South Dakota Considers Whether Voters Are Smart Enough for Direct Democracy

Legislators in South Dakota are looking to tweak the way voters are given permission to vote directly on ballot initiatives.

Needed change or ‘unprecedented attack’? Legislators weigh how voters modify laws

South Dakota lawmakers are taking up more than 20 measures aimed at changing the way voters consider policy changes at the ballot.

The slate of proposals ranges from barring voters from bringing constitutional amendments to the ballot to modifying font size.

Opponents say the measures present an “unprecedented attack” on the direct democracy process a year after legislators struck a voter-approved campaign finance and ethics law.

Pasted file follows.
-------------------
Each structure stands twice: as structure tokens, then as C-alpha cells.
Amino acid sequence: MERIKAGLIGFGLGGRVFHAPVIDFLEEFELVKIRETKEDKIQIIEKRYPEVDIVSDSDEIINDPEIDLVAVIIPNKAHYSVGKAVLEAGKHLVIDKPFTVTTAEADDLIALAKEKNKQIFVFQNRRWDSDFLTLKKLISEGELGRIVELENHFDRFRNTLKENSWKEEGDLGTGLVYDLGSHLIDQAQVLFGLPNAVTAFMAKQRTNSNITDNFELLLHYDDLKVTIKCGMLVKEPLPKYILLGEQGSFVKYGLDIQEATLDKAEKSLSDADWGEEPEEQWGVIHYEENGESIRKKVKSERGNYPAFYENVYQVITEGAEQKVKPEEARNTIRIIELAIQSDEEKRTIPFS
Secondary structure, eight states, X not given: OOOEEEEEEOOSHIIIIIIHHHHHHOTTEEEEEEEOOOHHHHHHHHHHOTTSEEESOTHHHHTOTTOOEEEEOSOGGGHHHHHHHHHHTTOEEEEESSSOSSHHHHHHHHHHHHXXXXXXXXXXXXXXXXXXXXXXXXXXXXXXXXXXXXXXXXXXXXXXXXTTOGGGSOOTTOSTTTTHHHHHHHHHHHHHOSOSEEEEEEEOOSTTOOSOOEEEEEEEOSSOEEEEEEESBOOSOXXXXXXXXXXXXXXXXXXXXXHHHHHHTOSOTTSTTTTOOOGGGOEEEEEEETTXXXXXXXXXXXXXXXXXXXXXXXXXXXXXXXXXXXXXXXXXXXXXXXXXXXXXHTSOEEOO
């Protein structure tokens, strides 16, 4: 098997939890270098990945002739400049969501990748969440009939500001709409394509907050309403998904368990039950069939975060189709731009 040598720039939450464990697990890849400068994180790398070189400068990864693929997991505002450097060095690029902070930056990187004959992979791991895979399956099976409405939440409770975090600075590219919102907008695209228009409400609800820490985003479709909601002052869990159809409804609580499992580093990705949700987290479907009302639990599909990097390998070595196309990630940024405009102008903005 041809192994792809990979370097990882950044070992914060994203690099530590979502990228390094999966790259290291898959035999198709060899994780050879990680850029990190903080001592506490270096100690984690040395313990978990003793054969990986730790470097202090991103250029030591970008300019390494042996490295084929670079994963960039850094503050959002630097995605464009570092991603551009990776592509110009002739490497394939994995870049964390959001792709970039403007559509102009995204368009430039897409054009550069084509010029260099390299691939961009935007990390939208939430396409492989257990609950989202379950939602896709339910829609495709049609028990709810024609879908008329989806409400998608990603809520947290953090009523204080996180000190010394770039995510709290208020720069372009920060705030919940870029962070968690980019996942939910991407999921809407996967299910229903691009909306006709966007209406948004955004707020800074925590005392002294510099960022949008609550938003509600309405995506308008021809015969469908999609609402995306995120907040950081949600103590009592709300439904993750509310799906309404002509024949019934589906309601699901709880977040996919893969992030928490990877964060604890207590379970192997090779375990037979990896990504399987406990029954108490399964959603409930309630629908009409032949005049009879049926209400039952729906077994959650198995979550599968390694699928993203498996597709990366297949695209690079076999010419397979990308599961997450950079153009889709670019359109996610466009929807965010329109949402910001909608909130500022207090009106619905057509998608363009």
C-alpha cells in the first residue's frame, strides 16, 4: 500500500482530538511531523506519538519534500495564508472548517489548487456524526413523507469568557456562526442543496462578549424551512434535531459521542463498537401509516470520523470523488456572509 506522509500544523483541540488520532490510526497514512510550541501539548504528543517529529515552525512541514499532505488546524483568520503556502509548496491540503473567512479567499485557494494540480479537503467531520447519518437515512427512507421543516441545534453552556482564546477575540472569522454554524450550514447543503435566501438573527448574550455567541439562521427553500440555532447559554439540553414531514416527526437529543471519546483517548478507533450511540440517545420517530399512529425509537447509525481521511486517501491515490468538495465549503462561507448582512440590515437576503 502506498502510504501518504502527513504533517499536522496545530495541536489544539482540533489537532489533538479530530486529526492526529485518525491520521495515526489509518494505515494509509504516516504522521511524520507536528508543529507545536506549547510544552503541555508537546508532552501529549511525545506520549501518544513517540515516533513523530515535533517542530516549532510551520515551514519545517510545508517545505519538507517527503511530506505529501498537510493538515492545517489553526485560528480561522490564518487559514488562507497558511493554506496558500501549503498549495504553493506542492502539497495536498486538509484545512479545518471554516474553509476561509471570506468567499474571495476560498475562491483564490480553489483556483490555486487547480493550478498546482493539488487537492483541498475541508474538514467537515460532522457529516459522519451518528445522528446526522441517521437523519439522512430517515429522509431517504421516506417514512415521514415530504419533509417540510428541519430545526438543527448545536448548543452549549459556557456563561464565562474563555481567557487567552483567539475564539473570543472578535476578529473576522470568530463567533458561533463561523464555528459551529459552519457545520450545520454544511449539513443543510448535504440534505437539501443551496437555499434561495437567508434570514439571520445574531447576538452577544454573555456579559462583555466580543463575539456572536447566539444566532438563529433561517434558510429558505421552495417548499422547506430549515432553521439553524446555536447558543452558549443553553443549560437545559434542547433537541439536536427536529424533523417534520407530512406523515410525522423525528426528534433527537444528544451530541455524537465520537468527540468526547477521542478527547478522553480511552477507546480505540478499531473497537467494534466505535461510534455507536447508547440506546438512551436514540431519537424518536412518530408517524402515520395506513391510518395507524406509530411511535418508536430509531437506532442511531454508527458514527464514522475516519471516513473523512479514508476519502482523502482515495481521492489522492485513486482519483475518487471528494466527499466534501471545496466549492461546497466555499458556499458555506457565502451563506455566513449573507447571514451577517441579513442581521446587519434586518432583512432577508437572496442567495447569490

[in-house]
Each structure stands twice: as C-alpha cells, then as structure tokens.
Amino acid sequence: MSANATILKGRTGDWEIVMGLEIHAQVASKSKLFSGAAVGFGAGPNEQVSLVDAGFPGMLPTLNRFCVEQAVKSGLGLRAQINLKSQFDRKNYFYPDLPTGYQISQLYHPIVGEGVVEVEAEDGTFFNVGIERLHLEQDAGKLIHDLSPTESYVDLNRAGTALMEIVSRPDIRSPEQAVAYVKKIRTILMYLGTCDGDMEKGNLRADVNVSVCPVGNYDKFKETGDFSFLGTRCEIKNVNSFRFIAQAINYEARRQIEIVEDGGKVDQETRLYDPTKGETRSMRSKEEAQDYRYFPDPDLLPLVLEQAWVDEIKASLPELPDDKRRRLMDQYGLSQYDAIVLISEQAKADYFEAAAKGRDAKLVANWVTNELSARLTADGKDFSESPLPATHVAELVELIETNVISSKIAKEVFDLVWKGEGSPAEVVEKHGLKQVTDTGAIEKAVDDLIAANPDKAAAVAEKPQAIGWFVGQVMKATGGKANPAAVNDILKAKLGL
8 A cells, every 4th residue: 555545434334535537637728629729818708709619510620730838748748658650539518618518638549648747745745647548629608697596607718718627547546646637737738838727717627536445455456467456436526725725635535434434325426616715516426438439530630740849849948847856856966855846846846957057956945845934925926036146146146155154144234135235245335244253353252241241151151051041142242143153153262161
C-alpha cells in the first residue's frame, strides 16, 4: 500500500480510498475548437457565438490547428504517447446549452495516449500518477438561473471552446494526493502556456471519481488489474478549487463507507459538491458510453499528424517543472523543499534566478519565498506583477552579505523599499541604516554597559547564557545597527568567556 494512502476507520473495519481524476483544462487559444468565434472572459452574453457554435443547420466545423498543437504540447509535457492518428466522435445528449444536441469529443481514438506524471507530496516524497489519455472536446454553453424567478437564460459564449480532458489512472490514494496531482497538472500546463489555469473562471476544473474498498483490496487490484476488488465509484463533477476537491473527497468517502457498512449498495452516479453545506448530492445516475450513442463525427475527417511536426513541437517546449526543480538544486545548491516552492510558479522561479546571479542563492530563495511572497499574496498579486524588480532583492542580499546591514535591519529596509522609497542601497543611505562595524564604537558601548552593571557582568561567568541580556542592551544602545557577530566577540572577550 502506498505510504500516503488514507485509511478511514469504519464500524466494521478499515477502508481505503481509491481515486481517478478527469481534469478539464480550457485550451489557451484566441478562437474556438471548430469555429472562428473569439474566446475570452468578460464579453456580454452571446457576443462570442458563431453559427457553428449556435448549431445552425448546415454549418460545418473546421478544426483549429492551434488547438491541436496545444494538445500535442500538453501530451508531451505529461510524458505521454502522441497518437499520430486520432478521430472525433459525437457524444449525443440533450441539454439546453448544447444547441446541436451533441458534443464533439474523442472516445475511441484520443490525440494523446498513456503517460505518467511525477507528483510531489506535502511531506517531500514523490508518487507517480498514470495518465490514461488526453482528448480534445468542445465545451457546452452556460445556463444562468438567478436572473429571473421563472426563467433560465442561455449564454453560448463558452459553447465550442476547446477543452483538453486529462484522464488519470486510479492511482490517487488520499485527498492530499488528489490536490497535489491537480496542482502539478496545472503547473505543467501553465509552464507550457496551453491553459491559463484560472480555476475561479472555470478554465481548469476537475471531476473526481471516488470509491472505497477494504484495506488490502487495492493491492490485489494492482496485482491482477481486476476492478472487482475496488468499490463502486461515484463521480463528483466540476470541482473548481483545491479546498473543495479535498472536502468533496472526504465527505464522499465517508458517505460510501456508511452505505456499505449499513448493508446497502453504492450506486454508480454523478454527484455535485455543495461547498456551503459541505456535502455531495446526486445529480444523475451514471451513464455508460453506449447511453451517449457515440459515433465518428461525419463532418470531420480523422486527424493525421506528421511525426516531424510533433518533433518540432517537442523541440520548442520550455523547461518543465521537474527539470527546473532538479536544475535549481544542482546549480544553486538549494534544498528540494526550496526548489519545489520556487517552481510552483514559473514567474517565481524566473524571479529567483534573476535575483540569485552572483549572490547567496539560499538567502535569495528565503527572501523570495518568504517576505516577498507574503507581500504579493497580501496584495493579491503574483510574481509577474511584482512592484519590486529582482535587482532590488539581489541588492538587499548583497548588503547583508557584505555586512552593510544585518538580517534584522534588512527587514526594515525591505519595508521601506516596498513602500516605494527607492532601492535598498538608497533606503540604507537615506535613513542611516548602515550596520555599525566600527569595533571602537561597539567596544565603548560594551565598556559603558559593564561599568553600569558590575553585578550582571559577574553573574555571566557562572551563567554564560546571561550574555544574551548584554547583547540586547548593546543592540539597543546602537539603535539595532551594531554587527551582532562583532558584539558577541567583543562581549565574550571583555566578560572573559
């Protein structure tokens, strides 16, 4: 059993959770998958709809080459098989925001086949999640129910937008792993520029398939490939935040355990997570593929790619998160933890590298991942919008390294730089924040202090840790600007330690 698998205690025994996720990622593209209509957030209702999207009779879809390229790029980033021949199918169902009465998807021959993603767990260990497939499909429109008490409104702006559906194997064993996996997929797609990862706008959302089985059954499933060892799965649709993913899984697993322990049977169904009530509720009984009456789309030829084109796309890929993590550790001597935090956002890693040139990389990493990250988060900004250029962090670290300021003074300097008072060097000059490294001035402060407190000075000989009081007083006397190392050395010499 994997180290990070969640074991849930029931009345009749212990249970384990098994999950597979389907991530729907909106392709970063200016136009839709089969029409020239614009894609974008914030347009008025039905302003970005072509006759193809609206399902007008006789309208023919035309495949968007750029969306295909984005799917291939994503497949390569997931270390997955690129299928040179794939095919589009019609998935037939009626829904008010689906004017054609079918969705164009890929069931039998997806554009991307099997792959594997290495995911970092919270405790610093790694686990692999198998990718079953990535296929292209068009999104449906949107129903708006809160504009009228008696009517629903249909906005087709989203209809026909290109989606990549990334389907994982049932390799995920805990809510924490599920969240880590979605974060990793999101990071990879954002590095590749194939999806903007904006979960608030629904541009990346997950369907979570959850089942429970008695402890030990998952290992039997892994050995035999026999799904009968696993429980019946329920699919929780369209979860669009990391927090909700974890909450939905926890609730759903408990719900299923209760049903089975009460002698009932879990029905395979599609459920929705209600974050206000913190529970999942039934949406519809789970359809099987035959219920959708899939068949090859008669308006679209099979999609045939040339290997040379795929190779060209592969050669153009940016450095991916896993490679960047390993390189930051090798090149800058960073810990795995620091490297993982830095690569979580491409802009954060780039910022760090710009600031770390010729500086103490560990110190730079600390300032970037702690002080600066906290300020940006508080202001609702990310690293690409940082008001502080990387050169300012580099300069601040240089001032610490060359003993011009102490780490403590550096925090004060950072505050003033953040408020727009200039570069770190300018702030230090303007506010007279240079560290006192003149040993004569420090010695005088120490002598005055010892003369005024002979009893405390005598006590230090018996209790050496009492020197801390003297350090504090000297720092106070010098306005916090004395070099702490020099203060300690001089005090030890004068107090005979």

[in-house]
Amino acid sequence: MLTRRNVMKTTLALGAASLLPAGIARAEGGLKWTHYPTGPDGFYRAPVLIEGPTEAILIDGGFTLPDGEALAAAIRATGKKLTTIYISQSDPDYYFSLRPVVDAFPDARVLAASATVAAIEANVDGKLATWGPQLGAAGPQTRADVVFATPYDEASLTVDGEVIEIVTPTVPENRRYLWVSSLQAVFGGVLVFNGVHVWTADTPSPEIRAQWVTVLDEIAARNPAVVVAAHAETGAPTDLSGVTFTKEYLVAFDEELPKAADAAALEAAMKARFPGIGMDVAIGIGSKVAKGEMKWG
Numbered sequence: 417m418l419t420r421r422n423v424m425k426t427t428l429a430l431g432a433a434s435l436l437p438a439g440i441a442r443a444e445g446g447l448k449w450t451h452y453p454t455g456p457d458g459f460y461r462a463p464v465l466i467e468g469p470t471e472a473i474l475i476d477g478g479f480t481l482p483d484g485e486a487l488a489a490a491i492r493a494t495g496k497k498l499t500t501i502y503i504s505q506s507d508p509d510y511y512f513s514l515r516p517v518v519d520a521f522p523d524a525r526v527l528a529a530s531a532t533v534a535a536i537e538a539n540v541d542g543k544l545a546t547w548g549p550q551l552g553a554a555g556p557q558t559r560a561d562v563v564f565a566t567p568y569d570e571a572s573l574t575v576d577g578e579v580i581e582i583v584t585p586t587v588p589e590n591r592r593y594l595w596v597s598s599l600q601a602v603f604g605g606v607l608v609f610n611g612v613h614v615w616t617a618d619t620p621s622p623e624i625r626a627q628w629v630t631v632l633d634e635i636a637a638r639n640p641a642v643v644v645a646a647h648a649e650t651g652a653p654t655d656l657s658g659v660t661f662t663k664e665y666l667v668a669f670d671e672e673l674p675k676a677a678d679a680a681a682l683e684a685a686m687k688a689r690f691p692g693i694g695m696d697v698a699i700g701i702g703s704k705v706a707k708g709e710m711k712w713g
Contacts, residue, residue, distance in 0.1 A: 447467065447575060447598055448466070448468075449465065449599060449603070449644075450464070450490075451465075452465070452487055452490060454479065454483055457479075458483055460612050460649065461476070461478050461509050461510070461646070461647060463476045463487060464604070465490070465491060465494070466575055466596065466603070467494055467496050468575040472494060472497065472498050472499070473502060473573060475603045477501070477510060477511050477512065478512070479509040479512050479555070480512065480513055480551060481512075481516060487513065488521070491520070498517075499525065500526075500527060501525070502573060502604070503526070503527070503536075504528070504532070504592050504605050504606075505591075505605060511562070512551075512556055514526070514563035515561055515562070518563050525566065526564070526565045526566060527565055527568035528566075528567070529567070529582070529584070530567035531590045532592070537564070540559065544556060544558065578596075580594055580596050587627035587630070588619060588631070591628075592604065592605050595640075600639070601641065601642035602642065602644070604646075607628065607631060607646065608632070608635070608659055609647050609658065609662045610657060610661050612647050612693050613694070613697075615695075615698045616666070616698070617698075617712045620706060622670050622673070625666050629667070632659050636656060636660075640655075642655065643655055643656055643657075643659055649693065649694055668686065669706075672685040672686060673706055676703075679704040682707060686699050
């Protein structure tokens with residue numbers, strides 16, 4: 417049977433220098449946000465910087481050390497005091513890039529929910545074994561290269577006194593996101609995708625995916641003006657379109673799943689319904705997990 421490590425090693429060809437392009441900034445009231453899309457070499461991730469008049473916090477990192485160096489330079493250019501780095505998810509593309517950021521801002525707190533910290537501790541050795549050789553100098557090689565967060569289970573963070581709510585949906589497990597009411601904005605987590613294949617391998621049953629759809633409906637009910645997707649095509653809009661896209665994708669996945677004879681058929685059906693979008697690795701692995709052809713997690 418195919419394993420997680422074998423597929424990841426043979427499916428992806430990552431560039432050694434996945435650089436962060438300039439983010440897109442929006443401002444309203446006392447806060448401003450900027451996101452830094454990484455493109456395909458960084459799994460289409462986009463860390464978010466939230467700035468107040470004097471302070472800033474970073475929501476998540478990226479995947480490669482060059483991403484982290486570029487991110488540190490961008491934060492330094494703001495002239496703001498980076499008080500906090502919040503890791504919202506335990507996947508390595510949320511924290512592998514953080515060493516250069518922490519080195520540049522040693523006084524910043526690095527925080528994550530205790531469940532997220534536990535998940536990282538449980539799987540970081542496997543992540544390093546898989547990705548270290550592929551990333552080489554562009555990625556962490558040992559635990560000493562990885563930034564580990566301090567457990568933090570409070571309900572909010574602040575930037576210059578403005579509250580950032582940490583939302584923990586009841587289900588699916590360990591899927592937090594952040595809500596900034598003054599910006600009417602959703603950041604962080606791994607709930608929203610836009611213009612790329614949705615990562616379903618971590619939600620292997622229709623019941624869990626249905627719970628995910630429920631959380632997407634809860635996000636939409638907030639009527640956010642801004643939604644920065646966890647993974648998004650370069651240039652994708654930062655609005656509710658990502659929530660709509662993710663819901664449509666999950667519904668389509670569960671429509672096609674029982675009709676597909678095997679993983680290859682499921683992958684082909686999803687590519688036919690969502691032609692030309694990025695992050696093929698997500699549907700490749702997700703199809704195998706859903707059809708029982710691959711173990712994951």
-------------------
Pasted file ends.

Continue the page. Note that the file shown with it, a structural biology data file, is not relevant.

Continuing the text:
Meanwhile, the legislator leading the charge to reform the initiative and referendum process said it is susceptible to the influence of out-of-state groups looking to assert influence over South Dakota law.

After circulating a pair of ballot petitions of his own, House Speaker Mark Mickelson, R-Sioux Falls, said changes he brought forth would be manageable for those bringing issues to the ballot.

“I don’t think I’m proposing any idea out here that I didn’t comply with or wouldn’t,” he said. “I didn’t take out-of-state money, and I didn’t use non-residents to circulate. I didn’t have people attest to petitions they didn’t see circulate, and those are the things I saw happen.”

Now, the decisions will fall to lawmakers to find balance between ensuring citizens’ ability to refer issues to the ballot, and blocking foreign influence on the state’s laws and Constitution.

Read More at Argus Leader
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